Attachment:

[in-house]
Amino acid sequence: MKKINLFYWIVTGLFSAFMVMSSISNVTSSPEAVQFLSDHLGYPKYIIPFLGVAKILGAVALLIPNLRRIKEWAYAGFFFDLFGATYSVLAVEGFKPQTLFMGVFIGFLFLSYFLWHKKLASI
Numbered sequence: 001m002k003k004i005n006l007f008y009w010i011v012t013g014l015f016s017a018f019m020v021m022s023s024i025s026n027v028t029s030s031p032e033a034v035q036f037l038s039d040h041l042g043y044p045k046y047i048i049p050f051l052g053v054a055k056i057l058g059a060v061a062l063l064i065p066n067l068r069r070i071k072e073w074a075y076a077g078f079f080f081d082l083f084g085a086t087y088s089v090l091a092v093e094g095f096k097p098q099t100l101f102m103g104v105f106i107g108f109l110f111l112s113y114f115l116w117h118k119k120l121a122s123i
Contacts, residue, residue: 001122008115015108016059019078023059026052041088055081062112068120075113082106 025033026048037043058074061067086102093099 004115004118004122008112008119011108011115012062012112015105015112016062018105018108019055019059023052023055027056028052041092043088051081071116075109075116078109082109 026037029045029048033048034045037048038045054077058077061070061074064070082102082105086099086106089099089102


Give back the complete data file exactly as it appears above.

[in-house]
Amino acid sequence: MKKINLFYWIVTGLFSAFMVMSSISNVTSSPEAVQFLSDHLGYPKYIIPFLGVAKILGAVALLIPNLRRIKEWAYAGFFFDLFGATYSVLAVEGFKPQTLFMGVFIGFLFLSYFLWHKKLASI
Numbered sequence: 001m002k003k004i005n006l007f008y009w010i011v012t013g014l015f016s017a018f019m020v021m022s023s024i025s026n027v028t029s030s031p032e033a034v035q036f037l038s039d040h041l042g043y044p045k046y047i048i049p050f051l052g053v054a055k056i057l058g059a060v061a062l063l064i065p066n067l068r069r070i071k072e073w074a075y076a077g078f079f080f081d082l083f084g085a086t087y088s089v090l091a092v093e094g095f096k097p098q099t100l101f102m103g104v105f106i107g108f109l110f111l112s113y114f115l116w117h118k119k120l121a122s123i
Contacts, residue, residue: 001122008115015108016059019078023059026052041088055081062112068120075113082106 025033026048037043058074061067086102093099 004115004118004122008112008119011108011115012062012112015105015112016062018105018108019055019059023052023055027056028052041092043088051081071116075109075116078109082109 026037029045029048033048034045037048038045054077058077061070061074064070082102082105086099086106089099089102